By Blog, Financial Marketing, Mobile Apps, User Experience

Mobile UX CrazyThere’s a lot of mobile user angst out there with mobile apps. If you don’t know definitively that you are NOT driving your mobile users crazy with the user experience (UX) on yours, you probably are.

Being a mobile pain is nothing to beat yourself up about. The mobile landscape is constantly changing as are the needs of its users. However, here are seven tips to keep your mobile users pleased and coming back for more.

  1. Less is always more. The point of a mobile app is for a laser-fine, focused purpose. Your mobile app should be about a single tasks or benefit. It’s not supposed to communicate everything about your company (in fact, if it’s about you, then by definition it’s not about your user). Remember, your app should provide a service. If you can’t say in one sentence what your app does, it should probably be a mobile site instead.
  1. It’s OK to be old. Ever have a smartphone that gets a little long in the tooth way before its time? Too often this is done by developers creating for the cutting- edge phones. Users who have a phone that’s a generation or (gasp) two generations old, end up using apps that their hardware isn’t built to run. It’s OK to be current, but not at the cost of alienating a large percentage of your users. So, be leading edge without being bleeding edge and more people will enjoy what you have to offer.
  1. Be tutorial-free. Say what you want about Apple and the iPhone — and many hardcore mobile critics have — but every device they create is painfully intuitive. Ask someone if they read the user’s manual for their iPhone and they’ll give you that blank, confused look toddlers give you when you play “I’ve got your nose.” You don’t need a user’s manual because the user interface is that simple. Make that simplicity the goal for your user experience. If you think you’ll need a tutorial to guide your users through your mobile offering, you’ve got a problem.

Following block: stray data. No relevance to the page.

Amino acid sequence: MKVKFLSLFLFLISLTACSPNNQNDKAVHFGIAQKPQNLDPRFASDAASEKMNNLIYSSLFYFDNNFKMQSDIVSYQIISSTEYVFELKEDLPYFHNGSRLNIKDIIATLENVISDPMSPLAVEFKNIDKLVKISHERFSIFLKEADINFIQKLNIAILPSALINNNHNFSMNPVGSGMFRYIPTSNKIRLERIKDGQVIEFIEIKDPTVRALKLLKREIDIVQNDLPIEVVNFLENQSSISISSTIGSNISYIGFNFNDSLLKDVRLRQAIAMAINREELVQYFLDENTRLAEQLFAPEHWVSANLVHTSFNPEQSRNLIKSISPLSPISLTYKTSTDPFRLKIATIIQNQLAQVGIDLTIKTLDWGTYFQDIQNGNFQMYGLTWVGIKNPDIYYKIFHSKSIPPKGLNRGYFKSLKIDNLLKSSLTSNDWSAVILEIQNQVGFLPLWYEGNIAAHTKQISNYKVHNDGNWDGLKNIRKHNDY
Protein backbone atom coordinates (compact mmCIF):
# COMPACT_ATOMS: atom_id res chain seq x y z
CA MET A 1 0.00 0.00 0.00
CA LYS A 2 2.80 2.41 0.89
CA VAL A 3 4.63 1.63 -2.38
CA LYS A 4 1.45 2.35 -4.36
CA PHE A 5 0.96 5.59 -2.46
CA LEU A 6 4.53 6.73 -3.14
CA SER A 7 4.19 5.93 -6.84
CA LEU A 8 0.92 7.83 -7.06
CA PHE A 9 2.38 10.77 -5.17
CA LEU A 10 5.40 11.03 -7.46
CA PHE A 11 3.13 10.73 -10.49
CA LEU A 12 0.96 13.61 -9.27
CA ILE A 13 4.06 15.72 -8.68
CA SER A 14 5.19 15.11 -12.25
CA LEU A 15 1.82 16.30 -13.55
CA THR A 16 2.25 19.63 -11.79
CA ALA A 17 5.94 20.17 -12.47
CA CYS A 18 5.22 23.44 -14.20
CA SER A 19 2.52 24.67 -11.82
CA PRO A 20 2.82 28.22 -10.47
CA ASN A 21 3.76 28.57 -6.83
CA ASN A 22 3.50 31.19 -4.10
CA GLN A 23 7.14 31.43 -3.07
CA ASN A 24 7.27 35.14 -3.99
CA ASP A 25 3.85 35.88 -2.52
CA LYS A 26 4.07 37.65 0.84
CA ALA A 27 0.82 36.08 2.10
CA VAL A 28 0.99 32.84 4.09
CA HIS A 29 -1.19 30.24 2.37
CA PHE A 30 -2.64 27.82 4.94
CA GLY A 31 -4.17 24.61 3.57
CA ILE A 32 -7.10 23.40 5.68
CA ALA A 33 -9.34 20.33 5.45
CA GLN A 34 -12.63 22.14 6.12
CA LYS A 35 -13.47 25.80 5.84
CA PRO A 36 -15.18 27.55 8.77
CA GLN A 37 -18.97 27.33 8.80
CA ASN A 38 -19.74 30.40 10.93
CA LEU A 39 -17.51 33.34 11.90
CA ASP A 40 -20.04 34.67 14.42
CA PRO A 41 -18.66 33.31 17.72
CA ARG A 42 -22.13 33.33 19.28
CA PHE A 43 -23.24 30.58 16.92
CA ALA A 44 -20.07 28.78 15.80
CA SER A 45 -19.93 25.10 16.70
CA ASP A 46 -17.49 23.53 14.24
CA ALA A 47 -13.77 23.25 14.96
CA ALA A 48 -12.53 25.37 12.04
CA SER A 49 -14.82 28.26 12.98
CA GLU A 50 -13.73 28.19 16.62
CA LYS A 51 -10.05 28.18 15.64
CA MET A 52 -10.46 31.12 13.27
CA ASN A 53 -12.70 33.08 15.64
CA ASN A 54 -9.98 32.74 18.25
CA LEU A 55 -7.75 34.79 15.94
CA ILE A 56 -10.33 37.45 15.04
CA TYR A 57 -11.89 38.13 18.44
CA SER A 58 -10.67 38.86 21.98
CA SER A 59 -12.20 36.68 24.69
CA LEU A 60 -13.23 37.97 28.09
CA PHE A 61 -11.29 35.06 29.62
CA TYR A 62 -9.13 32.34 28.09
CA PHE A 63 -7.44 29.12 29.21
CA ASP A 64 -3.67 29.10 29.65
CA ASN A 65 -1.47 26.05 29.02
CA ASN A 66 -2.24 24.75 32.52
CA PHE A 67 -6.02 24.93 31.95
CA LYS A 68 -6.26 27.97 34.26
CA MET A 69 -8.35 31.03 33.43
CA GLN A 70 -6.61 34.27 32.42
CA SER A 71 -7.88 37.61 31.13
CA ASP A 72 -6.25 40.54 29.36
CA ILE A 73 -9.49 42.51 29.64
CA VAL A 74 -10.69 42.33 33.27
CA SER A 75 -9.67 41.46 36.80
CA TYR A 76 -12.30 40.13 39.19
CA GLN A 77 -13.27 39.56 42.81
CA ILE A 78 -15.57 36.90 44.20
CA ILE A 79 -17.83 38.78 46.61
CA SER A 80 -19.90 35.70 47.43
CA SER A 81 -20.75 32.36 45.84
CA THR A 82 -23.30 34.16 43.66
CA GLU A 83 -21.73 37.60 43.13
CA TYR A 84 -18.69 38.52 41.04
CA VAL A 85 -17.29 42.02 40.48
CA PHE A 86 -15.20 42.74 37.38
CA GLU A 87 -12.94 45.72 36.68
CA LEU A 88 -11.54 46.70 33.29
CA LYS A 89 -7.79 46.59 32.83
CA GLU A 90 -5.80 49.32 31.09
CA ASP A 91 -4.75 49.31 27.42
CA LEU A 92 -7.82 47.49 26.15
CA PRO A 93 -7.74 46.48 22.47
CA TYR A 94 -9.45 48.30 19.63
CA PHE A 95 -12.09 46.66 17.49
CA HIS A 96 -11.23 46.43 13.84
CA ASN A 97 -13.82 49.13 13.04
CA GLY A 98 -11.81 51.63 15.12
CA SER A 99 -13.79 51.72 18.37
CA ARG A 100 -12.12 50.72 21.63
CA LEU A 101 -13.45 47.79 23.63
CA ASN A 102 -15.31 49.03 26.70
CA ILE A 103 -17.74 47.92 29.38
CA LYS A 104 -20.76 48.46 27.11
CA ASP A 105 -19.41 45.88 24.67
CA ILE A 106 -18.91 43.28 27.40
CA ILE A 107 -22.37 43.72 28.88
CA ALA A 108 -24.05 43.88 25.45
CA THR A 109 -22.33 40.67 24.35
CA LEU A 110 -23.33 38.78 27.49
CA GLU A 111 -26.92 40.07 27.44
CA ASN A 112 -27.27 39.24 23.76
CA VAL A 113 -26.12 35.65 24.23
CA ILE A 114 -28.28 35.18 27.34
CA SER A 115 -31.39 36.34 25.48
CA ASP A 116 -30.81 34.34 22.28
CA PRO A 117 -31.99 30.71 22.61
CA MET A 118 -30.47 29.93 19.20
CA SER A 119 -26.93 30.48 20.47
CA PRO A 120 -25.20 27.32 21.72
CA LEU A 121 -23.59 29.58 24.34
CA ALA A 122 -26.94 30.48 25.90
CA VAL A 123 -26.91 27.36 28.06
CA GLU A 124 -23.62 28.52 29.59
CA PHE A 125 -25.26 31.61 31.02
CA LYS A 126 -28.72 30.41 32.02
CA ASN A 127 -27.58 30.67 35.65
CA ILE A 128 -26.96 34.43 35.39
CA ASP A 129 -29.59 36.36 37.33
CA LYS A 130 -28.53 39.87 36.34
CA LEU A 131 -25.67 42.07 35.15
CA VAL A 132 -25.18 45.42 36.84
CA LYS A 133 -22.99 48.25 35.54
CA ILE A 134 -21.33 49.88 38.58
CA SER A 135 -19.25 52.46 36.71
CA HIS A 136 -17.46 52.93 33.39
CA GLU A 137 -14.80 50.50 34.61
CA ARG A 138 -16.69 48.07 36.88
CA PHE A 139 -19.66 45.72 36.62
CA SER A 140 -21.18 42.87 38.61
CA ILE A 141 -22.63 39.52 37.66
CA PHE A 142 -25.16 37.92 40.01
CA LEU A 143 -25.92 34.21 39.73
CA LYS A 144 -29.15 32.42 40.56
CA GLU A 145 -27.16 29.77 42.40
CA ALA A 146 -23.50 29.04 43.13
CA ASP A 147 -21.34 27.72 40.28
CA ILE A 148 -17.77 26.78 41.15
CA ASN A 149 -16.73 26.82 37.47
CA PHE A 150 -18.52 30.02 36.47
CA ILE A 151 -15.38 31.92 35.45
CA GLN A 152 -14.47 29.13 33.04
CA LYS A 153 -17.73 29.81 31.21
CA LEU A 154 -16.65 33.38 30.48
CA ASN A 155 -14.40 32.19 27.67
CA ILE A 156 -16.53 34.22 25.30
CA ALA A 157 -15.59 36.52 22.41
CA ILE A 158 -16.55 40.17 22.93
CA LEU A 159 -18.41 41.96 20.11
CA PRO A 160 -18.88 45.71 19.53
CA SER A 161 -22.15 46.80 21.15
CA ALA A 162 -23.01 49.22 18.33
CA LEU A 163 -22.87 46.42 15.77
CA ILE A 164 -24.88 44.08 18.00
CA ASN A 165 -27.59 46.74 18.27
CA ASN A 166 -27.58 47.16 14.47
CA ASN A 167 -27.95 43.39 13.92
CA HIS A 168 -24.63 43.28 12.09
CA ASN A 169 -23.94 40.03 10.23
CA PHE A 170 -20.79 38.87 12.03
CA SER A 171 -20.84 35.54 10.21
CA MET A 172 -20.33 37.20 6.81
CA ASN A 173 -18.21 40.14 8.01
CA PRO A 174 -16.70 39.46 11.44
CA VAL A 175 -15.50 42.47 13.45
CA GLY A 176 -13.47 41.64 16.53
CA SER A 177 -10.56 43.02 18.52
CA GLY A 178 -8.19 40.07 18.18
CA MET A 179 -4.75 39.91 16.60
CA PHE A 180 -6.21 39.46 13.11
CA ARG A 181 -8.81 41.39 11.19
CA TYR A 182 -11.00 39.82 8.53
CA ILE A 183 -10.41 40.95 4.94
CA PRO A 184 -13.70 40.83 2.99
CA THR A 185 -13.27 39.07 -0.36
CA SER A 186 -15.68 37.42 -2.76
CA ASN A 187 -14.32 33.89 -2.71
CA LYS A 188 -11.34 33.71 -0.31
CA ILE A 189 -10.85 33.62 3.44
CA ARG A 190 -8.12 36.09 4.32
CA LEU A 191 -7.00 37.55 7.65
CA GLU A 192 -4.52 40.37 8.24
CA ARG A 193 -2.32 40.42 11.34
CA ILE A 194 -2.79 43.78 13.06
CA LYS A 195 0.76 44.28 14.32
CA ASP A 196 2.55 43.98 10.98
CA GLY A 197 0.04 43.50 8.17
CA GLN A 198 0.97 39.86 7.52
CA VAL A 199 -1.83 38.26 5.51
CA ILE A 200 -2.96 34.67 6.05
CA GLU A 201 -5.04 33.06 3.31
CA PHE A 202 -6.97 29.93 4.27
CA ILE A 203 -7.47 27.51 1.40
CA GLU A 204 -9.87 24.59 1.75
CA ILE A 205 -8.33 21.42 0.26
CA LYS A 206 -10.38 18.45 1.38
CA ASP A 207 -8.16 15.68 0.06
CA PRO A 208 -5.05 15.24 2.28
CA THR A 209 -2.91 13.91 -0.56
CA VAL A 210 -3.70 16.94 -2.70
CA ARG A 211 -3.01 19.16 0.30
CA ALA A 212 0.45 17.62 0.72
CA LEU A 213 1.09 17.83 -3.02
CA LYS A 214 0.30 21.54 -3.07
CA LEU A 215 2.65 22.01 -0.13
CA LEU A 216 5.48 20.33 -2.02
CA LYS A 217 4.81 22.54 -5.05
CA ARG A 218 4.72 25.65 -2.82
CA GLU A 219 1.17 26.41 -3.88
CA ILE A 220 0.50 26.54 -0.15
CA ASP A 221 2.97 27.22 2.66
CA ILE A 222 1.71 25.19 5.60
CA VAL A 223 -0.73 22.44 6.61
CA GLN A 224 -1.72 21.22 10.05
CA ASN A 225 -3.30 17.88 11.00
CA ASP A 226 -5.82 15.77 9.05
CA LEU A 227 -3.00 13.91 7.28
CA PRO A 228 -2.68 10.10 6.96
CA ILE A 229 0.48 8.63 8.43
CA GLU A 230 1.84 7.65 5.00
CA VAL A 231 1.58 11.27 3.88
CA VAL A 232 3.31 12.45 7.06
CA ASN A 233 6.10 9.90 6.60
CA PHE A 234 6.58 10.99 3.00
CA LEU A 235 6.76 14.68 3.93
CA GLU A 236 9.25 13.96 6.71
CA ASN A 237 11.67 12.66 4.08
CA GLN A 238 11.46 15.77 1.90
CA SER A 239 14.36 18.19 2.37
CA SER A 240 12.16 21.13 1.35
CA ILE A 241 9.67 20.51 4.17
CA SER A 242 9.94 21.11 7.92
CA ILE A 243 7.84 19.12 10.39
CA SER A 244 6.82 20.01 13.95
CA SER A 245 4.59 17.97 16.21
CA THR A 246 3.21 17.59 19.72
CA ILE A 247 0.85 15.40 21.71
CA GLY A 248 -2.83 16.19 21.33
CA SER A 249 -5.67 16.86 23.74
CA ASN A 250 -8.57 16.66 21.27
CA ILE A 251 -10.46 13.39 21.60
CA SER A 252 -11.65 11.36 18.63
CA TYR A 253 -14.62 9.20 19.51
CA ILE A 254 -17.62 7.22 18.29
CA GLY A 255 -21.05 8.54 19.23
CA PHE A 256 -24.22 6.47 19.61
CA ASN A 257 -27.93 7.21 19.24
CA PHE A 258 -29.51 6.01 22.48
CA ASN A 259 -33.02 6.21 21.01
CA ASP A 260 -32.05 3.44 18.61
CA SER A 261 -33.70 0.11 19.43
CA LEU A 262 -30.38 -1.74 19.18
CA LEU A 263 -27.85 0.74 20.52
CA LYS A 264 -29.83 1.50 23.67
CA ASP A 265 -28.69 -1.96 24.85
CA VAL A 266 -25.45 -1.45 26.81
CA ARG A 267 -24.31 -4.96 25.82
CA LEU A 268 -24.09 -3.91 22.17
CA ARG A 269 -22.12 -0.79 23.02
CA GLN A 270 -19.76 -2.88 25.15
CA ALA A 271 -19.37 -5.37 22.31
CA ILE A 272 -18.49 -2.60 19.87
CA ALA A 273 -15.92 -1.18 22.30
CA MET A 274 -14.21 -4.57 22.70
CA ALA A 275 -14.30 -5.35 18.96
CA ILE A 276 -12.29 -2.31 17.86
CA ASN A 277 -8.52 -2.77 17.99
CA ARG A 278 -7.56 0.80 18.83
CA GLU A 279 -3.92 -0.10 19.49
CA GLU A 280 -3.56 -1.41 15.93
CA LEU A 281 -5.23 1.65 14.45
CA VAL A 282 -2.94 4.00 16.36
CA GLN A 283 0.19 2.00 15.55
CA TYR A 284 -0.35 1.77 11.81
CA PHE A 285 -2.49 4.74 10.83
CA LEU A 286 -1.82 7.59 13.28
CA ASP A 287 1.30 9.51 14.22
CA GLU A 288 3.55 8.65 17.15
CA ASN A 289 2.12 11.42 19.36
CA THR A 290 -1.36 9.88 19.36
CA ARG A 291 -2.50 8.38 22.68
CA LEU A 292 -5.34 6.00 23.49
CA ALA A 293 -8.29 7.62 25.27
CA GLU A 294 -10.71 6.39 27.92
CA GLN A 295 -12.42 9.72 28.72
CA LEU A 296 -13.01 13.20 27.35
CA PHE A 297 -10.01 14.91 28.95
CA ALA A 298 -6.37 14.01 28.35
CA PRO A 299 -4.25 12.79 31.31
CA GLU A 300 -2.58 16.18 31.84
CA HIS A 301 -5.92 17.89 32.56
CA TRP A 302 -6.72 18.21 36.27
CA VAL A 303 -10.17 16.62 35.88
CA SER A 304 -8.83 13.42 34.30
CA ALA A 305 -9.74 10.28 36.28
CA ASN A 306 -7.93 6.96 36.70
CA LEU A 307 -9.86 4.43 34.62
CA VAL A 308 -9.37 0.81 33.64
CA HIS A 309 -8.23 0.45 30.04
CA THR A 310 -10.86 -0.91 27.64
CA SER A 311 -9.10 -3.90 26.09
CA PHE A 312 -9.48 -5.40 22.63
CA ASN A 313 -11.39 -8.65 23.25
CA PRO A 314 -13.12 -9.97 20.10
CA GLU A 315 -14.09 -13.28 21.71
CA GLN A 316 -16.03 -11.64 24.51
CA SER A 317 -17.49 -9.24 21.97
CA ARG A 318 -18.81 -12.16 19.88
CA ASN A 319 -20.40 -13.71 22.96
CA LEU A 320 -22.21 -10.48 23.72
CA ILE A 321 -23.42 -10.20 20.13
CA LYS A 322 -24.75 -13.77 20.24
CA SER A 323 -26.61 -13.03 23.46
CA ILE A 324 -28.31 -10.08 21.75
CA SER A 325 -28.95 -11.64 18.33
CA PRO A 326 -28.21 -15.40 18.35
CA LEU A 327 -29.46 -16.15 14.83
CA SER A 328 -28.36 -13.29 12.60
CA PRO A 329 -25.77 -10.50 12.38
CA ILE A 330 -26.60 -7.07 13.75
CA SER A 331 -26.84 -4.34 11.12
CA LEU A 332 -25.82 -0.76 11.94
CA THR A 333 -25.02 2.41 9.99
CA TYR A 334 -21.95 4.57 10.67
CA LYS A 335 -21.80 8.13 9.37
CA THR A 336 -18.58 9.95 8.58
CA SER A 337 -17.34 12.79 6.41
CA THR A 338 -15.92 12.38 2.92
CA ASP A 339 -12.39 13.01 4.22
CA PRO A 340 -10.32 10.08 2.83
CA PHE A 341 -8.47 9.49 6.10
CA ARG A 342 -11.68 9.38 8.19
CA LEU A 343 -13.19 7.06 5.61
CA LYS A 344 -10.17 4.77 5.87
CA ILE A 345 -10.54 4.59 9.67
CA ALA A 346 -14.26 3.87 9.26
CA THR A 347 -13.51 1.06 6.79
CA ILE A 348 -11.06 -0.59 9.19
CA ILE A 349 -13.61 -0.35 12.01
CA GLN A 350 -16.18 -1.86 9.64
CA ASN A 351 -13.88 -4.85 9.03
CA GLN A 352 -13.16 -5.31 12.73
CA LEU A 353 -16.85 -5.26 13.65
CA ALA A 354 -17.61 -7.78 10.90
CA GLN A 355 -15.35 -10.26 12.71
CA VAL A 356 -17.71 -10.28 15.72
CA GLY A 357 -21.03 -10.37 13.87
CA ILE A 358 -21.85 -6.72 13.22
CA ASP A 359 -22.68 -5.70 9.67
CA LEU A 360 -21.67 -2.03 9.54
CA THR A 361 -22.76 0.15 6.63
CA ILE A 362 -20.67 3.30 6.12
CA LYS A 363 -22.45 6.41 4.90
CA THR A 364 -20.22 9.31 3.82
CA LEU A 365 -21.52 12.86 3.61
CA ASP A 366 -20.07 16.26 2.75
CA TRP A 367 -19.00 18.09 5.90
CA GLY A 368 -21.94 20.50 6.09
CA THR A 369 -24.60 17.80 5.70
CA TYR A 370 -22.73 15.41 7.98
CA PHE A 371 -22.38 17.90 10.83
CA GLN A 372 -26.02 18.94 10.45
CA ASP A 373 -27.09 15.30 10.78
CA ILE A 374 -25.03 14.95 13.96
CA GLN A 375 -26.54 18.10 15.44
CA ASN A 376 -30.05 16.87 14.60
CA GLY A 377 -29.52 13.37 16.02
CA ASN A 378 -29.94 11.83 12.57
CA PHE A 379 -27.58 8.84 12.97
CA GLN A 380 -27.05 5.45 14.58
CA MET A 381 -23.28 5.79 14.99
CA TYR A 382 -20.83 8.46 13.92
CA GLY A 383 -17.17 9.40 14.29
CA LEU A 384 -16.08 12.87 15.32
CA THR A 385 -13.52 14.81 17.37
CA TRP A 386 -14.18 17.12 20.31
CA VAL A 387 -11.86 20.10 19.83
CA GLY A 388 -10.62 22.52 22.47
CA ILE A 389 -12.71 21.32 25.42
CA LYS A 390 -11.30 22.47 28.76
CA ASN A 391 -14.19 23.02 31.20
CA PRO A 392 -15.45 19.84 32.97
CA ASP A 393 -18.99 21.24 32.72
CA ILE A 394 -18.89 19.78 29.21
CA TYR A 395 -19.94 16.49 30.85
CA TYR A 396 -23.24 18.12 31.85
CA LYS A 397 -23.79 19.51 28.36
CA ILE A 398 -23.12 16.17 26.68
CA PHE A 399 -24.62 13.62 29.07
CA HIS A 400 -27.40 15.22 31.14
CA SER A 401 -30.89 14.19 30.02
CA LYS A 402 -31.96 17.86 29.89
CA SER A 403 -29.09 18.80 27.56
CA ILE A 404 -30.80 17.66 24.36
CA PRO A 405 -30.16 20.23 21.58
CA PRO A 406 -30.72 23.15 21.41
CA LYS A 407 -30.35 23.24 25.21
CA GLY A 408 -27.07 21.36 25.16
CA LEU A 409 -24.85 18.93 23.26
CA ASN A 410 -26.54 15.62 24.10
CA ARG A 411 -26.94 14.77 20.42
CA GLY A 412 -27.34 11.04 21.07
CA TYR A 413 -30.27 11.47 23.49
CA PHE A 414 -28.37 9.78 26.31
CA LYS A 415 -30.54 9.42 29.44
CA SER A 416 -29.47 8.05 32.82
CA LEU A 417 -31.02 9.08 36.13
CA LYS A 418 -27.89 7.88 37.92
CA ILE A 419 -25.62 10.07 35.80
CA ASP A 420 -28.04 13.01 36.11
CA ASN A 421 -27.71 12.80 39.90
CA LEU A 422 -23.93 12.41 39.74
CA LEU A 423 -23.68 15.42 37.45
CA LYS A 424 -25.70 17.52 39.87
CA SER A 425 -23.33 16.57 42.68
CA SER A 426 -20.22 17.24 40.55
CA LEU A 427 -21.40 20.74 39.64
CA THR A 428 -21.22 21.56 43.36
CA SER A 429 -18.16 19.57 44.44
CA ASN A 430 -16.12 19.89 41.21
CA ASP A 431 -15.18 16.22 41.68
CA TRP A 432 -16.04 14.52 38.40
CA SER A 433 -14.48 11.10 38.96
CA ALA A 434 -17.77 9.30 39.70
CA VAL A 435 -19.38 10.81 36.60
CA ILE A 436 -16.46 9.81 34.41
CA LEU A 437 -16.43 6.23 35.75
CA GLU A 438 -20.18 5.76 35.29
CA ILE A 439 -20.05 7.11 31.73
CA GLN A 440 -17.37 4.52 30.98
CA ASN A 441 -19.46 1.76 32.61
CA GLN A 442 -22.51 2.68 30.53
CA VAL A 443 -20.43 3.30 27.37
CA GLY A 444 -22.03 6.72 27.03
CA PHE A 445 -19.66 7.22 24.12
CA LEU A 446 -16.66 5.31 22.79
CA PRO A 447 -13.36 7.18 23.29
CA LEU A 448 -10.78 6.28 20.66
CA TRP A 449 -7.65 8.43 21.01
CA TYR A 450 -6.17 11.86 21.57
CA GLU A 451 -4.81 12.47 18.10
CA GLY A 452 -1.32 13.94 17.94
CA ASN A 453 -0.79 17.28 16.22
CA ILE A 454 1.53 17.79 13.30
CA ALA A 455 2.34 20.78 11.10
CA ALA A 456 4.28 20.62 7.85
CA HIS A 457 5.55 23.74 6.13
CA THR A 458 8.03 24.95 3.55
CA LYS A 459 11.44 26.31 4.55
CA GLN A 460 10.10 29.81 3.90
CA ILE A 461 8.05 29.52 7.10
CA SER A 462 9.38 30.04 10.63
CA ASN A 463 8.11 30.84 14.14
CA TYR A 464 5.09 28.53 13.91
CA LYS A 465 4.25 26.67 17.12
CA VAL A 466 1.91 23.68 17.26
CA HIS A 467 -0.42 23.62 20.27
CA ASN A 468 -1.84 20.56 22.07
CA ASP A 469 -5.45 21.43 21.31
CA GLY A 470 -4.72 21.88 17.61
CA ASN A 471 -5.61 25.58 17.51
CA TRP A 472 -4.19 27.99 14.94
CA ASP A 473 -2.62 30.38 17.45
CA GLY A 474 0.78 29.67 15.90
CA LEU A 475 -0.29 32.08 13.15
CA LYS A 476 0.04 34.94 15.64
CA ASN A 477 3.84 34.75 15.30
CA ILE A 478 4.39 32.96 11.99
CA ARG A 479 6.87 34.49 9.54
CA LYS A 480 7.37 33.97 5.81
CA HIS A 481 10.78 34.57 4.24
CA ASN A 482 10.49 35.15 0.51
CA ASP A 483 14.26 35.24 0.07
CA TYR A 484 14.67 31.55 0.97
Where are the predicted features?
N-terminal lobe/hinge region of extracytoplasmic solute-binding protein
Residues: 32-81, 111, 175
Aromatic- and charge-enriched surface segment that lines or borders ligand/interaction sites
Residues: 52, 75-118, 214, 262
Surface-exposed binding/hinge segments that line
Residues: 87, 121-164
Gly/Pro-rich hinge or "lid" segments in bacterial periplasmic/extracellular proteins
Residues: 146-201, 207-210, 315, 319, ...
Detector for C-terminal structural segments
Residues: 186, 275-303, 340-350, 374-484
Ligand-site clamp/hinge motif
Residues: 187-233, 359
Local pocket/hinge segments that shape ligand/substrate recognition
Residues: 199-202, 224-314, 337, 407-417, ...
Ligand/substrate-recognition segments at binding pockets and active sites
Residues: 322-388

1. Be welcoming. Requiring user to log on using their Facebook account is cumbersome, obtrusive, and inhospitable. Not to mention there is a growing amount of users who have dropped their Facebook account. There are younger users who have never created one; they live on Instagram or Twitter (Yes, you are now allowed to feel very old).
  1. Is this really necessary? Before you create a native app, ask this vital question. Why are you creating this app? If it’s any version of, “We need to stay current to the mobile trends,” run, don’t walk, away from the project. Creating a web app for the sake of having one can do more harm than good. Native apps are very popular, but they are also very expensive. Look at your goals. If they are achievable with a mobile site, do that instead.
  1. Desktop experts aren’t mobile experts. Building an interface for touches and swipes is dramatically different from building for clicks. It’s like the difference between shooting a bullet and throwing it. Don’t make the common mistake of transferring your desktop UX to mobile. You’ll have users scratching their heads and dropping your app faster than you can keep track.
  1. Make it quick. Users download apps for speed. They expect your app to work as fast or faster than your mobile website. This audience wants to get things done quickly. They’re in line at the grocery store or waiting for the elevator. Every second is vital. That need for speed means your app should be responsive. Make them wait too long and they will disengage, forget they have the app on their phone and never come back.

The long track to mobile success is also twisty and narrow. Give it your time, discipline and patience to get it right. When you surprise and delight your user, they will let you into their mobile world, and you will become a vital part of their lives. And that makes all the time, discipline and patience worth it — and then some.